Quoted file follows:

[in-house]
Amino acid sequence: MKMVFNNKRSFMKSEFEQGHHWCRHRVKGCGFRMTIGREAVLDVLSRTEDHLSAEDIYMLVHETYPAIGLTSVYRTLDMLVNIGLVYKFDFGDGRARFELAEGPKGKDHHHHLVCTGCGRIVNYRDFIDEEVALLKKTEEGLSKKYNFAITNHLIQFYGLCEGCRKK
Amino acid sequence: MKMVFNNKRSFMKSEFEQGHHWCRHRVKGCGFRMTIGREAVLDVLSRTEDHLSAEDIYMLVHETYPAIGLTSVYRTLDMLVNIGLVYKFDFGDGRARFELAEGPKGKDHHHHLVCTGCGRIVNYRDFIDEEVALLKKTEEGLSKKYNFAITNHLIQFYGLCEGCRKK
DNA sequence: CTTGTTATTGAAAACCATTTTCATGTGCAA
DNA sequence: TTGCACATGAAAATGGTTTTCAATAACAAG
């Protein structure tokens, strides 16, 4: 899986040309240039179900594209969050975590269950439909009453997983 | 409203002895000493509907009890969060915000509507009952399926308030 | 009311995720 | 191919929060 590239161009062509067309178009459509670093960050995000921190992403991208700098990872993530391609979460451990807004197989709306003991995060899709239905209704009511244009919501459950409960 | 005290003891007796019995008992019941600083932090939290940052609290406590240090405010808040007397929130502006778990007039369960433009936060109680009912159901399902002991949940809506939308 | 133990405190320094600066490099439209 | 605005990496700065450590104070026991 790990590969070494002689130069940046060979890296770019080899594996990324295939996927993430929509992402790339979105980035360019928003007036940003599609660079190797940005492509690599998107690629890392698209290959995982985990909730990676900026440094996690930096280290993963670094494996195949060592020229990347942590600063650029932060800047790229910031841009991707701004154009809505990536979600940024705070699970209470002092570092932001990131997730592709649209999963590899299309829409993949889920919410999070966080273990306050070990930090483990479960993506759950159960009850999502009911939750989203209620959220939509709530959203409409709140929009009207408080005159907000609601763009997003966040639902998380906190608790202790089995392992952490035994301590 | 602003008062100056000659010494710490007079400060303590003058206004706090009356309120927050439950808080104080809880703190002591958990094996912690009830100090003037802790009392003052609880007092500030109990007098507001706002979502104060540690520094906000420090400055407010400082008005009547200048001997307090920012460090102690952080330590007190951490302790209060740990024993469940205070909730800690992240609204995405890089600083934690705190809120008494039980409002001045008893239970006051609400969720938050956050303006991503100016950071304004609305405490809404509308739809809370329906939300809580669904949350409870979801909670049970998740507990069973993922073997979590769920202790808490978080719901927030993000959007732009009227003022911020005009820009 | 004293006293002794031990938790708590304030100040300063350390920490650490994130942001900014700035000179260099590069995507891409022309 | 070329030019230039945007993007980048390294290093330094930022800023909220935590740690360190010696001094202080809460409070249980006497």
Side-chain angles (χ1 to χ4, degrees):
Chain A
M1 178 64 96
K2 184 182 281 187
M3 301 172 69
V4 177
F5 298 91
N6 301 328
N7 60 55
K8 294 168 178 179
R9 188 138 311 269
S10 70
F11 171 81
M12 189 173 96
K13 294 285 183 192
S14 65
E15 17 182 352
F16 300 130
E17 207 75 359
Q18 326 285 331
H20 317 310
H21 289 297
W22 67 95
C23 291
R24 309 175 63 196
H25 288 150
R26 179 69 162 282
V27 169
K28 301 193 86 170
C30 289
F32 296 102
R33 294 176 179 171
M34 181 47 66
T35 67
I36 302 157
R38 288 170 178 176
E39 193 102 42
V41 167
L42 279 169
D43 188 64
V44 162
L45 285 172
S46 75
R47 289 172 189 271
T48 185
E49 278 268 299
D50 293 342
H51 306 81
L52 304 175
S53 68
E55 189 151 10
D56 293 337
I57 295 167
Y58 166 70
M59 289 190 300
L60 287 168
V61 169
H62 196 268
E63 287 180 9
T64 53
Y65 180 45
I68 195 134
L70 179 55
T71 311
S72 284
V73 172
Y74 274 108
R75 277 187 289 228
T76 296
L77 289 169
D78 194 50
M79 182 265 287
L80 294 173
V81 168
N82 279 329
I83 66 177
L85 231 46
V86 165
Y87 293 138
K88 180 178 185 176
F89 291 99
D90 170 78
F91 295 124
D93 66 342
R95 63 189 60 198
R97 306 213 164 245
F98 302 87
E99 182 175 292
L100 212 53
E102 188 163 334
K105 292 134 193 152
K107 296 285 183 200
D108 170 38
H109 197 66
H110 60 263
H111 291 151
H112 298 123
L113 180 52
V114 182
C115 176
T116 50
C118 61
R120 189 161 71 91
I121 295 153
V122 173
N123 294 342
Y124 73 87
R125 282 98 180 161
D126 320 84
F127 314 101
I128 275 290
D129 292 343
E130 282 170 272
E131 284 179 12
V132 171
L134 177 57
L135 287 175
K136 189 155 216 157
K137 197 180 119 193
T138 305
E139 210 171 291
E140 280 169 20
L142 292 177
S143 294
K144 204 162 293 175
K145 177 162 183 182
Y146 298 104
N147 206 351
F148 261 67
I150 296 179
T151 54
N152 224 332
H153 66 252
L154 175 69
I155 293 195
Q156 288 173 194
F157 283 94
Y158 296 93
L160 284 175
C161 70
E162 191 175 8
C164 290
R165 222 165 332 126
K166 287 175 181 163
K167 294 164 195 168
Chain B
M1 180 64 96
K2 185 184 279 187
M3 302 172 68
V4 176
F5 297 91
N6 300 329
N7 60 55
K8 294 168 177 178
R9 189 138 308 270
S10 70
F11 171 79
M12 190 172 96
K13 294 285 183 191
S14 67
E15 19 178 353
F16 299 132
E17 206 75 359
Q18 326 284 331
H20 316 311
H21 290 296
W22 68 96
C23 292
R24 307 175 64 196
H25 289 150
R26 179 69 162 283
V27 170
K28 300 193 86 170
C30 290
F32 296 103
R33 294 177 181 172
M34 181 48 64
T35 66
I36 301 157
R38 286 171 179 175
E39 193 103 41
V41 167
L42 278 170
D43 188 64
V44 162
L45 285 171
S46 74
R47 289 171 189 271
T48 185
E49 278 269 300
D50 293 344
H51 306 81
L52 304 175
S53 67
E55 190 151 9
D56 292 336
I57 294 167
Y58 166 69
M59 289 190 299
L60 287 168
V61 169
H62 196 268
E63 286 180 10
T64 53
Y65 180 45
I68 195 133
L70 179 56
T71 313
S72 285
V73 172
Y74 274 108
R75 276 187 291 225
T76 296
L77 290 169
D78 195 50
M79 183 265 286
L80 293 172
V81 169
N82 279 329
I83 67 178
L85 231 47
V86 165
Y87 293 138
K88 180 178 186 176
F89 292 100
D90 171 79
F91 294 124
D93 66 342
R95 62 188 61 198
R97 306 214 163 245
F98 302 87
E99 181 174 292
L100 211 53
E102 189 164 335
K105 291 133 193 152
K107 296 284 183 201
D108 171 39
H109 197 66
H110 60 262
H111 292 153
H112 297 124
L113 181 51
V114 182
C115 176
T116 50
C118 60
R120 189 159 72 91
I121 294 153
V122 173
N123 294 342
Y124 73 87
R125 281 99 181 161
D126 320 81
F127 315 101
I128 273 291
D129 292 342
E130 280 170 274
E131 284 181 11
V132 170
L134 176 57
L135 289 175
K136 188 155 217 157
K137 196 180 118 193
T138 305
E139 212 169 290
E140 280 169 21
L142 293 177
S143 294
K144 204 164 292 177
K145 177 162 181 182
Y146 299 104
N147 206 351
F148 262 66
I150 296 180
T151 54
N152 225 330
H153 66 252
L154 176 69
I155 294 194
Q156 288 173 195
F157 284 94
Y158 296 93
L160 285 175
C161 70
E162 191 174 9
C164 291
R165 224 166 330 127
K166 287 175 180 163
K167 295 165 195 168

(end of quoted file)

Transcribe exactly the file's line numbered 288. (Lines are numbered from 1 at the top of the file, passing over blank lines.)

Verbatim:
Y158 296 93